Chengdu native Wei, 23, got married and moved to her husband's hometown, a small town near Winchester, England, just over a year ago, where she works as a teaching assistant for students with disabilities. We wanted to know what she thought of life coming from the East and going to the West, and she filled us in.
By the time you had moved to England, you had visited once, spoke English very well, and had plenty of contact with Western culture. Still, some things must have been difficult to get used to. What were those?
I have to say I'm still adjusting to the western way of being social with other people because sometimes I don't feel fully blended into the mainstream. For instance, when I am having a chat with colleagues, there are times that I found it hard to know things they refer to. This has less to do with the language level and more to do with language in a specific social-cultural context.
What surprised you the first time you visited?
Cars drove very fast even on narrow roads.
What British behavior do you find annoying?
I can't think of any typical British behaviors that annoy me, maybe because the Brits in general are reserved and in fact my personal experience so far tells me that they accept diversity and appreciate cultures different from their own. The only issue I came across was with the public sector which is very bureaucratic. In fact, to my surprise, the customer service here is quite poor in comparison to Chinese standards.
Do you have many British friends, or are most of your friends Chinese?
Before I started my job, I didn't have my own social circle apart from my immediate family, and for a while I even felt I was losing contact with society, which was quite scary, but I got to know new friends as soon as I started to work. I have local friends as well as friends from other countries. I also wish to know some Chinese locally but unfortunately I have met only one Chinese lady here since I came here.
What aspects of life in England does she complain to you about?
The capricious weather; lack of entertainment available at night if you live in the countryside.
Do you stay in touch with Chinese media, or have you converted to England's?
I surf Chinese websites every day! But I like watching BBC as well.
Do people frequently mispronounce or forget your name?
People misspell my name all the time, even when they copy it directly from my passport. But I don't blame them because the Chinese combination doesn't agree with the English pronunciation. However, I can't see the need to have an English name, and everyone is fine with calling me by my Chinese name.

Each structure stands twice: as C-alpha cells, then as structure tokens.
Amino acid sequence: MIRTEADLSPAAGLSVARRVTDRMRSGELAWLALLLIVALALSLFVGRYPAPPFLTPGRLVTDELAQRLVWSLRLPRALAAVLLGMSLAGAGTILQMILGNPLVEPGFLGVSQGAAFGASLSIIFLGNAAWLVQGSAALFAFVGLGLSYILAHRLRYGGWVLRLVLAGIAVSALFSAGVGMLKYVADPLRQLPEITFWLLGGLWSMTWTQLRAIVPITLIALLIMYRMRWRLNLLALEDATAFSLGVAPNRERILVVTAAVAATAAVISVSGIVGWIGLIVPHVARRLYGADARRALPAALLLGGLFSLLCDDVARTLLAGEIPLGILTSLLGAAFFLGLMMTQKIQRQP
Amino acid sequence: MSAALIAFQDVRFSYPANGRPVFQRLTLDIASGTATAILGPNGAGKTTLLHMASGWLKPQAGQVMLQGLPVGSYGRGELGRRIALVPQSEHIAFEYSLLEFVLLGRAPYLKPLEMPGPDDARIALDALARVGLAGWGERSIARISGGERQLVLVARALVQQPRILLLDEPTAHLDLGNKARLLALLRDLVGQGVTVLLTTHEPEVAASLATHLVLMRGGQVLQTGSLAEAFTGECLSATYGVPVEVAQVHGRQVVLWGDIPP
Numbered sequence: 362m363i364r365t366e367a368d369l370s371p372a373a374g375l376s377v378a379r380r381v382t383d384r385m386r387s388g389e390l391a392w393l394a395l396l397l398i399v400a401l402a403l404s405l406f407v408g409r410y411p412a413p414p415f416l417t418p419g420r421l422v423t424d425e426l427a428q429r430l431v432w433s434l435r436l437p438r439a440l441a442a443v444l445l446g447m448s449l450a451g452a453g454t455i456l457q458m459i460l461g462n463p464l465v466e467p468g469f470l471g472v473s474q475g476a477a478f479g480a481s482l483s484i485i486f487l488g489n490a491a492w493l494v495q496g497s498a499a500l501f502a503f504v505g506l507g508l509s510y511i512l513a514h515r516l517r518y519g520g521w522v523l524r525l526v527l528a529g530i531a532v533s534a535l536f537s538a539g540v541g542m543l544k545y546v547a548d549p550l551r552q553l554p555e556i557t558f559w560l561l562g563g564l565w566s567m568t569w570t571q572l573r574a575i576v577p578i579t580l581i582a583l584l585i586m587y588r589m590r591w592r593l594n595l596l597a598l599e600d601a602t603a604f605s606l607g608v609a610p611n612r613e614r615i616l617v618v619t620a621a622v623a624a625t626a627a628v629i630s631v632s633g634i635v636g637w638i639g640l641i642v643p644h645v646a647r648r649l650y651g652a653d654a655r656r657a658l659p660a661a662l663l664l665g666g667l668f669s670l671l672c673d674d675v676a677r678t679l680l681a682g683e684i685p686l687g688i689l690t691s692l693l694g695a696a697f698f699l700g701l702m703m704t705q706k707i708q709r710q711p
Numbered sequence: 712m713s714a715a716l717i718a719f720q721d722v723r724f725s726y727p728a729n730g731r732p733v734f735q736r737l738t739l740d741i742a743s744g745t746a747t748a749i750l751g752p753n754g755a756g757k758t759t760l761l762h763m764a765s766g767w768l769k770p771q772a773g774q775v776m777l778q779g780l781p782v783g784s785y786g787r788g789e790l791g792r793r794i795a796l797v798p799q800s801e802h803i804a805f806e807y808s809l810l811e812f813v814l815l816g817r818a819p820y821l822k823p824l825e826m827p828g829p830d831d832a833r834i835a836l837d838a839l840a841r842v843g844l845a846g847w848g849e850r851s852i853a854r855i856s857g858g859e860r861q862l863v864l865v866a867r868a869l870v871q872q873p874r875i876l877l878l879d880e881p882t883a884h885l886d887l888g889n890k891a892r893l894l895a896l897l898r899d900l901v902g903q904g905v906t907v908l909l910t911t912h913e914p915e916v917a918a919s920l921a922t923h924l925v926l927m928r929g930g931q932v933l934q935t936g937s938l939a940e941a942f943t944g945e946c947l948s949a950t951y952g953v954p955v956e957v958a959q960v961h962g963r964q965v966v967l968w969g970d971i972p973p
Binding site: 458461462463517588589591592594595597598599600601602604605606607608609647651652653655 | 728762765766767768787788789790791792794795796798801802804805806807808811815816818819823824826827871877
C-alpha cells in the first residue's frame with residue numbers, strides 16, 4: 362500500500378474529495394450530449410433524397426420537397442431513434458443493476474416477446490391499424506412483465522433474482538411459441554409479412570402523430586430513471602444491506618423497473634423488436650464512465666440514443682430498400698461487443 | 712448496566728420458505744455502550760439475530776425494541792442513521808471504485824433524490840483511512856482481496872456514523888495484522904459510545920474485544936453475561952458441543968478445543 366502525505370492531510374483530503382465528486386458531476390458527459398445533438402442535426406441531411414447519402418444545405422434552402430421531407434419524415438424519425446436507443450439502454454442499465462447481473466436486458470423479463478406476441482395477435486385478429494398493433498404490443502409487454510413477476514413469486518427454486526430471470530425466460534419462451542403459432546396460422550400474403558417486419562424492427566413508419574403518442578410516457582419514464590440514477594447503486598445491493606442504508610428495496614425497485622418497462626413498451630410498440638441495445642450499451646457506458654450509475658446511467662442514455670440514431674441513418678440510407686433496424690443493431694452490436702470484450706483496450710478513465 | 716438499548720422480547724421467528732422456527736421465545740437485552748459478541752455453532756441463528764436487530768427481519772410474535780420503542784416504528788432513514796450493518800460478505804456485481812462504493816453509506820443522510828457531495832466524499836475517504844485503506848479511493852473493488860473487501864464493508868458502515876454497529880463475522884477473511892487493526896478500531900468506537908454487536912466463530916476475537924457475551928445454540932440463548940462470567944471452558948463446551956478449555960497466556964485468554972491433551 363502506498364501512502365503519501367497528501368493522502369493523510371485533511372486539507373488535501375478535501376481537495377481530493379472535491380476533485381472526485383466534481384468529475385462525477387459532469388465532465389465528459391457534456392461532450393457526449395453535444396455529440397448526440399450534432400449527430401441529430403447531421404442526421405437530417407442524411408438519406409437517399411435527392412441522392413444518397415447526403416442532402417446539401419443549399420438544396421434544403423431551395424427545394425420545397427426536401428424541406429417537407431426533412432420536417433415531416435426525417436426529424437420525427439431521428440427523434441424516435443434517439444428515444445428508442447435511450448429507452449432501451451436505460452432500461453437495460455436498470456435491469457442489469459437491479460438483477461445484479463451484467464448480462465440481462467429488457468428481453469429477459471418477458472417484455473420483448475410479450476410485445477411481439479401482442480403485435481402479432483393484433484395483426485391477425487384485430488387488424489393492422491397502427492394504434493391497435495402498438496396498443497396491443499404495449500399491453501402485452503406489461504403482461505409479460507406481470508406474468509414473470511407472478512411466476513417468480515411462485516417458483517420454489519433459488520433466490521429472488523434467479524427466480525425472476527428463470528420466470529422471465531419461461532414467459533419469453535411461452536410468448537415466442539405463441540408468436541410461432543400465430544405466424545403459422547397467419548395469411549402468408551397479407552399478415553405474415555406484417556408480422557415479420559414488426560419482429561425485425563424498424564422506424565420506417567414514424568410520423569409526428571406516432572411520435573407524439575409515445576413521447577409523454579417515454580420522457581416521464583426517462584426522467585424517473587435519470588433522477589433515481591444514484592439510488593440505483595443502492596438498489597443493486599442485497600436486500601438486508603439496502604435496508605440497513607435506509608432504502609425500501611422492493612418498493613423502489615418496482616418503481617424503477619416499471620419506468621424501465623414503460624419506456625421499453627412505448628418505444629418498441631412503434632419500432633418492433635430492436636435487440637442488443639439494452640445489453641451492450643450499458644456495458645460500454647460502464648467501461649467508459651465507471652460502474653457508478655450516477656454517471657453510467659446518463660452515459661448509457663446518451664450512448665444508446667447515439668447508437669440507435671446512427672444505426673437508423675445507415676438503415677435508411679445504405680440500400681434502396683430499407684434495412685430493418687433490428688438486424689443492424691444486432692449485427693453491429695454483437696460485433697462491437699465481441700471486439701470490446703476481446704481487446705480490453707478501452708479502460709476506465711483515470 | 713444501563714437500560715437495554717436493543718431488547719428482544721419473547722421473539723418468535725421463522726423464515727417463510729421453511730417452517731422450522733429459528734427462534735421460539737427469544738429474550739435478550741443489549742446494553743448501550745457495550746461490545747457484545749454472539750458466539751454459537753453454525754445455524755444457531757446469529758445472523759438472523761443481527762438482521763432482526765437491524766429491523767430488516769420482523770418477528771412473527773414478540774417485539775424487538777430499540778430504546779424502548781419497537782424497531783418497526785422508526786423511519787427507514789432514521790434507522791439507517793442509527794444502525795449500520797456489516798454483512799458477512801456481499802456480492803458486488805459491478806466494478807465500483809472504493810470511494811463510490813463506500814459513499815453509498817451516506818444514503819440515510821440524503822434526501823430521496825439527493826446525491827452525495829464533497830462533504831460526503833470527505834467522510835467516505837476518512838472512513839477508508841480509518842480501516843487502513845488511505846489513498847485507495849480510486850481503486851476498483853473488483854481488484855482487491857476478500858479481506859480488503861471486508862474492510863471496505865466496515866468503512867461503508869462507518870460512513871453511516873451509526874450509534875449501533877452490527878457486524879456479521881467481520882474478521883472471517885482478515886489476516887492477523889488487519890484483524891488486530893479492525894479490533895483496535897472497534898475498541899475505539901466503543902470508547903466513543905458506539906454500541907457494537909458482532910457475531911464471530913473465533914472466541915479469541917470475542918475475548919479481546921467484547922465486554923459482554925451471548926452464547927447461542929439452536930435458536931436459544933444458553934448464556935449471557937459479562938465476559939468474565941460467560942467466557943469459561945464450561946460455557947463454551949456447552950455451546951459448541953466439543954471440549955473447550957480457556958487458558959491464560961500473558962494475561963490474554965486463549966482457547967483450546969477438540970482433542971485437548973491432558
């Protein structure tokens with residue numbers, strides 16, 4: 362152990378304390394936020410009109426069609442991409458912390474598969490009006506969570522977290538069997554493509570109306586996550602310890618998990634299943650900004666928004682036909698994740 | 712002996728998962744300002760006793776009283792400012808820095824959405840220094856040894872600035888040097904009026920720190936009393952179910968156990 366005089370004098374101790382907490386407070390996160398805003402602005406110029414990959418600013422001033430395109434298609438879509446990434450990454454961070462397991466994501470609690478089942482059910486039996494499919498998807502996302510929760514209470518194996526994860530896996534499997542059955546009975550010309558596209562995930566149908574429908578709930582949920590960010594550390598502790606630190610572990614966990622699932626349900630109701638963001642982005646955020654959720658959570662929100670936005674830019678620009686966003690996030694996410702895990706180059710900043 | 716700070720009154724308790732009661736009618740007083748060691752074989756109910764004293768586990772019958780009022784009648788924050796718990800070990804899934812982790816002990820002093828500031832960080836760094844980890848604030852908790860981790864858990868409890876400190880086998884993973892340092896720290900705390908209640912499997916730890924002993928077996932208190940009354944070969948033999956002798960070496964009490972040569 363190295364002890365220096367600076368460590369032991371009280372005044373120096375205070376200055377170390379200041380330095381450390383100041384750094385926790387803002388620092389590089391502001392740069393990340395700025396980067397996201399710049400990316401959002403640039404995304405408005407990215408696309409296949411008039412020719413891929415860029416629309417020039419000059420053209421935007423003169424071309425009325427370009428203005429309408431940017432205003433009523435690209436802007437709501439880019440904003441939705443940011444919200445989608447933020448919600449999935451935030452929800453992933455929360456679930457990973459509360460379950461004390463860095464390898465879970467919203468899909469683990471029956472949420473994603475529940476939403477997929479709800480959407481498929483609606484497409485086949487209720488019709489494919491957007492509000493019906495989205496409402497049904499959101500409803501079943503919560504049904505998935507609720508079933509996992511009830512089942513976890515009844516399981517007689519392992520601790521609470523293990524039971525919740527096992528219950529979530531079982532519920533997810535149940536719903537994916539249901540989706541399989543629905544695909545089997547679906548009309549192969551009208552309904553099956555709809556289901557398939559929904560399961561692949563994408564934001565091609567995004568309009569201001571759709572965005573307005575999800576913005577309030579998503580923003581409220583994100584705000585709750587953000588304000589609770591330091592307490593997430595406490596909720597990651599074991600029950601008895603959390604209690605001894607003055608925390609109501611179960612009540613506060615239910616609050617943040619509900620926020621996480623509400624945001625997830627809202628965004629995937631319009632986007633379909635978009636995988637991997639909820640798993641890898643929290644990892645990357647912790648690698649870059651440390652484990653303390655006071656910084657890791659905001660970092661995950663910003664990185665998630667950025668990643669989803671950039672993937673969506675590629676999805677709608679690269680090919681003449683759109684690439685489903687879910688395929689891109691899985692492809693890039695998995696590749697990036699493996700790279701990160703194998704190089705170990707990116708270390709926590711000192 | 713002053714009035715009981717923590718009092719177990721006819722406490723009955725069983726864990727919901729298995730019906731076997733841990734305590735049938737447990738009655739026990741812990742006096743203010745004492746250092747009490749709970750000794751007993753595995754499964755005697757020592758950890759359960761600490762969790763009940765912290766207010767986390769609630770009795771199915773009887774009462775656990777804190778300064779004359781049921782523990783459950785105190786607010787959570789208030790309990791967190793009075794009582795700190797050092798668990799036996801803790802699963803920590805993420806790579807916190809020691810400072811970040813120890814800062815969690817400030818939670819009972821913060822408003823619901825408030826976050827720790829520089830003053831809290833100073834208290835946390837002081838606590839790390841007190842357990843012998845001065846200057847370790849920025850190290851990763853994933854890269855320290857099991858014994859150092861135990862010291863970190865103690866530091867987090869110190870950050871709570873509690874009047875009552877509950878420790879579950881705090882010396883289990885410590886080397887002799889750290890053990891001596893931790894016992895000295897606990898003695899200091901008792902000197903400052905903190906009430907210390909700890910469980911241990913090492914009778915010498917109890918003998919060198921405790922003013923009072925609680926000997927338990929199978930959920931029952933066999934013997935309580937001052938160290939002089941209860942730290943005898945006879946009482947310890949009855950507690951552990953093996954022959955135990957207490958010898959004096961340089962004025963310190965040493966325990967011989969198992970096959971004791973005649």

Have you made any embarrassing social mistakes that you're willing to talk about?
There was one time when a friend and I went to have dinner. Noticing the restaurant was quite empty, we went inside directly and sat by a table. Not until other guests arrived did we realize that we had to wait by the entrance to be ushered. Most of the time when I sense there might be a big embarrassment, and I don't know how to deal with the situation, I will immediately seek help from my husband.
Are there moments when you think life would be easier if you went back home? What do you do at those times?
I talk about moving back to Chengdu every now and then, for the food and familiarity, but as soon as I calm down, I know there's always something to complain about wherever I am.
What is the first thing you do when you come back to Chengdu?
How is Sichuanese food in England? Are you able to find ingredients to cook it, or do you just eat English food?
I cook my own Sichuan food every day and even make hotpot once in a while. I buy ingredients from the local Oriental shops, and they are surprisingly authentic. Chinese vegetables actually are harder to find than these ingredients, so I grow my own.
You taught Chinese for a while. What was that like?
I started with greetings instead of basic Pinyin, as the period was very short and my students wanted it to be practical. I compiled my own textbook based on situational Chinese dialogues and showed them Chinese RMB and baijiu which they found very interesting.
How long will you stay in England? What does your family think? And how do you feel about leaving them behind?
I'd say it's indefinite and totally depends on how we feel about being here and where our careers will lead us. My family is very open-minded and always give me choices. Of course they want to see me, but they know keeping me by their side is not the right way to show love. I don't feel that I "left them behind," for the simple reason that now is the time for my parents to enjoy each other's company. We talk to each other on Skype often, and both my husband and I go back to Chengdu twice a year or vice versa, which is no different from those who work in a different city [from their families] within China.
This article was originally published in CHENGDOO citylife Magazine, issue 27 ("Faces"). Photo courtesy by Sam Boxall.